Jayson Jacoby
The Baker City Herald

By The Baker City Herald Editorial Board

The situation with the Baker School Board, after a brief period of apparent tranquility during the summer, is today worse than ever.

Board member Kyle Knight, who was censured by three of his four colleagues in April, this week filed a civil rights lawsuit in which he seeks at least $700,000 in damages.

The defendants are the Baker School District, its superintendent, Walt Wegener, and board members Lynne Burroughs and Mark Henderson, two of the three members who voted to censure Knight (Andrew Bryan is the third; he is not a defendant).

While Knight's lawsuit is pending, a local group is collecting signatures hoping to recall Burroughs and Henderson from office, a campaign precipitated in part by their votes to censure Knight.

In addition, the second recent mass-mailing from Burroughs and Henderson, a clumsy attempt to marginalize Knight and board member Jim Longwell and to cast them as pawns of shadowy right-wing carpetbaggers, arrived in district patrons' mailboxes.

We believe much of this antagonism could have been avoided had board members, on both sides, resisted the urge to pursue their grievances against one another with such relentless vigor and instead, as the clichandeacute; goes, "focused on the kids."

We don't think any of this was, or today is, necessary. Certainly it has little to do with oversight of the school district.

But neither are we convinced anything's been broken that can't be mended.

It's been obvious, almost since Knight's first meeting as a board member, that in some matters under the school board's bailiwick his viewpoint differs dramatically from those of the school board majority: Burroughs, Henderson and Bryan.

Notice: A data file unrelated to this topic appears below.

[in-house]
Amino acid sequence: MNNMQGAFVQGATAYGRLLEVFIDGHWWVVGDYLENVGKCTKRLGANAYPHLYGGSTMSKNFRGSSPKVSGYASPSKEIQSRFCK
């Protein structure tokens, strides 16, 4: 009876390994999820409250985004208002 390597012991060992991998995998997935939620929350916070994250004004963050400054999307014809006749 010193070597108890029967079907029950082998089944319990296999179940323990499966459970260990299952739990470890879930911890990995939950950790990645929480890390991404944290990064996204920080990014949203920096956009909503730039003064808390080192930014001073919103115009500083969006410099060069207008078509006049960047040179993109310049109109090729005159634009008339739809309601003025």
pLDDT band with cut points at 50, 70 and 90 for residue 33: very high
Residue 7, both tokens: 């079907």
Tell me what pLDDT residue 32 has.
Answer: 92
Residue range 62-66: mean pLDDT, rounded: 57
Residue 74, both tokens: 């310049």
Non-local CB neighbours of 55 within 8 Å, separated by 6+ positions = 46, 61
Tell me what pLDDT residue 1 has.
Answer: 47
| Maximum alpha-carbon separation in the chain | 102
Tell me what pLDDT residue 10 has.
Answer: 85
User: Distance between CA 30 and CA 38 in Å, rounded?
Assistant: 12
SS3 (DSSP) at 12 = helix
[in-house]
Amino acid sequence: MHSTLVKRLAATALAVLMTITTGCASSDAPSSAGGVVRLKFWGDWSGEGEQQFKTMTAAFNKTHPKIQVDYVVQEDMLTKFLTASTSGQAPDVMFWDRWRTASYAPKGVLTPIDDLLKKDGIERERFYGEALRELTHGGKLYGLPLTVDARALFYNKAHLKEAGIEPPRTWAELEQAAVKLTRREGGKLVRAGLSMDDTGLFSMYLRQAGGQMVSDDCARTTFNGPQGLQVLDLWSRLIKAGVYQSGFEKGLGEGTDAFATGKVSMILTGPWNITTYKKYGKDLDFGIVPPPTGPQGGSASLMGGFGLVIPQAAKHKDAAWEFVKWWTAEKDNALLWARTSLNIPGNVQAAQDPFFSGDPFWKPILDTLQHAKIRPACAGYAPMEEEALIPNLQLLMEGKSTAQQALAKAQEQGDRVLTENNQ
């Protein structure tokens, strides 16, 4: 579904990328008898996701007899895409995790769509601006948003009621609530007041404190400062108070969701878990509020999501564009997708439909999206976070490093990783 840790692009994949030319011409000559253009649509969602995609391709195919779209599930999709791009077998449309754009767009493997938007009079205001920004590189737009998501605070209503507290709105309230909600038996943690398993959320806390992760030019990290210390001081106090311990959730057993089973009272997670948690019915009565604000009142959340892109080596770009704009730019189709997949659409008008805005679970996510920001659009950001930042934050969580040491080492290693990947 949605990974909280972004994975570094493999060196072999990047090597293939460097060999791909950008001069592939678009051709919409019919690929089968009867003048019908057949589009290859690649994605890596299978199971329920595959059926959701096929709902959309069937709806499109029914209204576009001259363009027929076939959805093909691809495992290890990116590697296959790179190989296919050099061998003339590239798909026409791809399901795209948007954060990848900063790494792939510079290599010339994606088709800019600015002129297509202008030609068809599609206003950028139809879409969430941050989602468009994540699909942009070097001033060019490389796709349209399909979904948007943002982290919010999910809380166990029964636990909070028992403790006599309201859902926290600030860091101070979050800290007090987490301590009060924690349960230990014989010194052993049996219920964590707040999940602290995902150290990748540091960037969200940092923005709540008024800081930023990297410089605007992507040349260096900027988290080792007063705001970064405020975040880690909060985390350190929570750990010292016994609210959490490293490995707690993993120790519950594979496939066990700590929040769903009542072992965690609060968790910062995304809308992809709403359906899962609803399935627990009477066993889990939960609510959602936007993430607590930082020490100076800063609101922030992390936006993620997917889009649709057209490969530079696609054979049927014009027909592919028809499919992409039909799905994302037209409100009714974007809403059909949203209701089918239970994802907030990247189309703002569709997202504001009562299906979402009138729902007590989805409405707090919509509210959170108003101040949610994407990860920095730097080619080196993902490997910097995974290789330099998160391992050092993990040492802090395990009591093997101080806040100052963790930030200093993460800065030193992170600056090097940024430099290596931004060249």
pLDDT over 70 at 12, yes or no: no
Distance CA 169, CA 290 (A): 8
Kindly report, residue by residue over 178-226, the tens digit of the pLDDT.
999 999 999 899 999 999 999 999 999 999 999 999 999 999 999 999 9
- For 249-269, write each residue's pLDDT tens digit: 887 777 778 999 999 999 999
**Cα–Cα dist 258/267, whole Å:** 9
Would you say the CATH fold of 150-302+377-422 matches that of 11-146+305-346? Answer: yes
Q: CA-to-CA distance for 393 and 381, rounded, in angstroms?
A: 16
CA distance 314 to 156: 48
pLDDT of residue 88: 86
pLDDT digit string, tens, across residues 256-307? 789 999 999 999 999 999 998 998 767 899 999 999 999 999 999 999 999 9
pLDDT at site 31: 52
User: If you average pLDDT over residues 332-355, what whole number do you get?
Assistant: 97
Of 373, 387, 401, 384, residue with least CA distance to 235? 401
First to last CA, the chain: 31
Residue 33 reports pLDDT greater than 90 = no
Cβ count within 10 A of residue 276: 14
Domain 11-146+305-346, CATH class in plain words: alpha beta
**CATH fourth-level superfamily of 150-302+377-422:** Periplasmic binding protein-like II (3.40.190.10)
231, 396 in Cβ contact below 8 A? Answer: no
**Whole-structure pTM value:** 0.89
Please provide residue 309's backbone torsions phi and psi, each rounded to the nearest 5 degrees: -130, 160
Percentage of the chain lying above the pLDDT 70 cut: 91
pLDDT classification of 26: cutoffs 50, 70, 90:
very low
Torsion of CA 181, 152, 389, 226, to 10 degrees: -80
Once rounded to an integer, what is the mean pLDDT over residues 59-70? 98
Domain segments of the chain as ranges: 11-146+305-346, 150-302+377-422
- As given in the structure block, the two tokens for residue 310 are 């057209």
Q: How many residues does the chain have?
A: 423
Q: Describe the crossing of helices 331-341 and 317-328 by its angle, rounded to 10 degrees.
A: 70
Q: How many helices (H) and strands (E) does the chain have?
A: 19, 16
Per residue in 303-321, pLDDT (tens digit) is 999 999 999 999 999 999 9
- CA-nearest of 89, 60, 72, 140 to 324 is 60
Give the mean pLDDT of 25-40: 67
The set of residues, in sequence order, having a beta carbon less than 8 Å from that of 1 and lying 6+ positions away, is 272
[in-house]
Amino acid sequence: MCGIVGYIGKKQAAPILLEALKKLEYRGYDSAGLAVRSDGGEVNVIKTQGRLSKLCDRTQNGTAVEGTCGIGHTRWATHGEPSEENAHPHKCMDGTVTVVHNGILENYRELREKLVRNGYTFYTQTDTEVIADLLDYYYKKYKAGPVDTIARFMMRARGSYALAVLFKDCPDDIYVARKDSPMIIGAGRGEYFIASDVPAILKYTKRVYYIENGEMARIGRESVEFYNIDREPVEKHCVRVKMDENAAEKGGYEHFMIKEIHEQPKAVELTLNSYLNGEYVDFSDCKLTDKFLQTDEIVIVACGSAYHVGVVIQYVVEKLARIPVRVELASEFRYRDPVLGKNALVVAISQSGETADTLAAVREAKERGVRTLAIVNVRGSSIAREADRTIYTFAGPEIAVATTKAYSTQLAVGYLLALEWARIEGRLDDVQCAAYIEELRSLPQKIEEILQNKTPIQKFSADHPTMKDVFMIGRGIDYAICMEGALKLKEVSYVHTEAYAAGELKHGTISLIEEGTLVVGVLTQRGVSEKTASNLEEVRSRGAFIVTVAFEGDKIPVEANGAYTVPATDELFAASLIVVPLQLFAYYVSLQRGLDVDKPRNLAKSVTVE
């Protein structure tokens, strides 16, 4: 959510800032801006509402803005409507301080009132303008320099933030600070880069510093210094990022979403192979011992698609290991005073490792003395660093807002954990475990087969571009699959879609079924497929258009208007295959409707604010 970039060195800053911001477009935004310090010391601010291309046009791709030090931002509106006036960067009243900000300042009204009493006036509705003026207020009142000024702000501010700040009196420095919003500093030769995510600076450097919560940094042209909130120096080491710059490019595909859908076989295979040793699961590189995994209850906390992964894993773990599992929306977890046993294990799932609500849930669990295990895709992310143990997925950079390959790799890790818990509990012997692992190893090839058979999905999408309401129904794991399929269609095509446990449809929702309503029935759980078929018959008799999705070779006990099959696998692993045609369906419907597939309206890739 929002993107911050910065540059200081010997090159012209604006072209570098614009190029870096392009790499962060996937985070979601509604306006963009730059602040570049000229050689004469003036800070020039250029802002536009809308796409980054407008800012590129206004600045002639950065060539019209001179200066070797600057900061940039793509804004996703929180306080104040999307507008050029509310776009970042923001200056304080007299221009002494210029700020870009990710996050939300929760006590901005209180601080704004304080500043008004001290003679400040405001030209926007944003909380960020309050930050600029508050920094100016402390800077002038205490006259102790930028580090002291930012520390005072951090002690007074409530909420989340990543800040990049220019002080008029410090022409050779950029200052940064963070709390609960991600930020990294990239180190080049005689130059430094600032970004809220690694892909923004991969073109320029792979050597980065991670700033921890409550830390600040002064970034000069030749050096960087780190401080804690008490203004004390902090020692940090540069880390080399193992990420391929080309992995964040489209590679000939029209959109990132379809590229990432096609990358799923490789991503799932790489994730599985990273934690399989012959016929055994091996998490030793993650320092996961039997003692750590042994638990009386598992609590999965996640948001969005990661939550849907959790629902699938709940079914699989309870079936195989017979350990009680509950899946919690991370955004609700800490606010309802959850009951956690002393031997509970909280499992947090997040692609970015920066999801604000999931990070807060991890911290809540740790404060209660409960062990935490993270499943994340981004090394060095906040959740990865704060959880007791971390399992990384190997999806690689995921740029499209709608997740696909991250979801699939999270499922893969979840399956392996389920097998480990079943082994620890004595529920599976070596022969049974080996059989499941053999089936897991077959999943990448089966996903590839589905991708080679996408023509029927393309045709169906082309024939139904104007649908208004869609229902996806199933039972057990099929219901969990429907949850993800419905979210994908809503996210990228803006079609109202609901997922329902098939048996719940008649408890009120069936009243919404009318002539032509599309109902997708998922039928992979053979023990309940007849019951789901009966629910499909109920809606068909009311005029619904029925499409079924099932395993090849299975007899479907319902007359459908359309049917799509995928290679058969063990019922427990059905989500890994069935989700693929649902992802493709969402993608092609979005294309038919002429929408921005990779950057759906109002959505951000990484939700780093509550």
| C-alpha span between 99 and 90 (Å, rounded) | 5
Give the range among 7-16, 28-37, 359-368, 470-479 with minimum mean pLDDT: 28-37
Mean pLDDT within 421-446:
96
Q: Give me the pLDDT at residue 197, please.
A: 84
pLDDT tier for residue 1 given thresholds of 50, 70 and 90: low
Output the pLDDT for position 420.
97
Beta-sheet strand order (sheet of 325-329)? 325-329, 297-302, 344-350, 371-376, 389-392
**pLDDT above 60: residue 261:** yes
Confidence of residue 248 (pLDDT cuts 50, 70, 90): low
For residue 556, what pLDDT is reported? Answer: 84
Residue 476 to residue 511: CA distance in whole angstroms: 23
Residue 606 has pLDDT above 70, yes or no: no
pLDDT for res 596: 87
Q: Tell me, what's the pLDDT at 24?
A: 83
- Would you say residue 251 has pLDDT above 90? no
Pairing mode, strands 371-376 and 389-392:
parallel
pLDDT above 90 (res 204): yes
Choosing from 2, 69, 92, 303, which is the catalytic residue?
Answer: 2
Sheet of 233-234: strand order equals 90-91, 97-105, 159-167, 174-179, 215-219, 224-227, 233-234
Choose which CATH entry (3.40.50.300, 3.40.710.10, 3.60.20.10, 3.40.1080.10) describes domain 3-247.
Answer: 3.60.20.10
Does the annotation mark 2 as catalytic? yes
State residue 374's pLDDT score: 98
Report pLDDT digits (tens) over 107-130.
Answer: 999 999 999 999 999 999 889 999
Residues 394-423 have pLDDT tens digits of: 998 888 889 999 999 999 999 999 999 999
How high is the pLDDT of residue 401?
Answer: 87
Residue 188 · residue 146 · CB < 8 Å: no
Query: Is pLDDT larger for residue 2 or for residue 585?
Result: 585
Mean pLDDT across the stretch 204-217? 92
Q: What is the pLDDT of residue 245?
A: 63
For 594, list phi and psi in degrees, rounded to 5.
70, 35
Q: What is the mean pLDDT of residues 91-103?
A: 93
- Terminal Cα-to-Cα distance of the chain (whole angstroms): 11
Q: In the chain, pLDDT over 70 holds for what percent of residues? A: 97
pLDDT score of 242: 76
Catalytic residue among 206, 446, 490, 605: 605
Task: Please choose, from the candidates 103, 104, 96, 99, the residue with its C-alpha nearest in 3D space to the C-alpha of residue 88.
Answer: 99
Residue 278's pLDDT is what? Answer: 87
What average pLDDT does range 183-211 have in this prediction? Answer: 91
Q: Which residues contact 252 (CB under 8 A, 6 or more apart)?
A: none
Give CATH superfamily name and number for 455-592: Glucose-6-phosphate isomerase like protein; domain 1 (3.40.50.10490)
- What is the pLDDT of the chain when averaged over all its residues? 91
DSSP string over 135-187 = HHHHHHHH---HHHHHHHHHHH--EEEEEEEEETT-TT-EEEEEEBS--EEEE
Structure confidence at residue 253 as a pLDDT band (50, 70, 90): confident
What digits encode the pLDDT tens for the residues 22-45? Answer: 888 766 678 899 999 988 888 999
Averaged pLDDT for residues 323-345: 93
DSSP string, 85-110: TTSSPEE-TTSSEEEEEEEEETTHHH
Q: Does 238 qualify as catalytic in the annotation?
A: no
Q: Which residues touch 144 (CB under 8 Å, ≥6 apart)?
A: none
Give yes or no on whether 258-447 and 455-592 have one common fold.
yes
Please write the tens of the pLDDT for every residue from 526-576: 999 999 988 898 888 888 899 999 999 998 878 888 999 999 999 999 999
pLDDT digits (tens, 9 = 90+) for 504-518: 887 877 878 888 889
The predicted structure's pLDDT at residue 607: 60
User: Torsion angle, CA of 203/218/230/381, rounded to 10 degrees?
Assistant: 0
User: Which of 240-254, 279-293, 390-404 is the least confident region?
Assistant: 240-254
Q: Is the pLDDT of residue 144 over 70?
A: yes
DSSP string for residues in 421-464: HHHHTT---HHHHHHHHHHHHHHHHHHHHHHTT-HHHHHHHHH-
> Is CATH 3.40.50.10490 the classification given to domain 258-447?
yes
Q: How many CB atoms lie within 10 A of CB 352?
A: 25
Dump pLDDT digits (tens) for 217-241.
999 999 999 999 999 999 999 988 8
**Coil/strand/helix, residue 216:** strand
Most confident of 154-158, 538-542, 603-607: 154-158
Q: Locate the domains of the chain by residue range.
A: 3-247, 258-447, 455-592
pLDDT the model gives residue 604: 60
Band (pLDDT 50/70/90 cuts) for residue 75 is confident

So what.

We elect people, not automatons, to represent us, and we understand that five people won't agree about everything.

So what should happen now?

Burroughs, Henderson and Bryan should acknowledge that there is no validity to their claim that Knight, by talking to journalists about his disagreements with the board and district officials, violated the U.S. Constitution, exposed the school district to lawsuits and thus had to be muzzled by censure.

The board should revoke Knight's censure.

Knight, in turn, should respond to that gesture of goodwill with one of his own, and withdraw his lawsuit.

And with Knight restored to his full rights as a board member, and thus able to fully represent his constituents, away goes the most compelling reason to recall Burroughs and Henderson.

Does everybody then live happily ever after?

To answer yes would be to indulge in extreme naivete.

But at least the quarrels in the future could happen in an appropriate place - school board meetings - rather than in the costly forums of the courthouse and the recall ballot.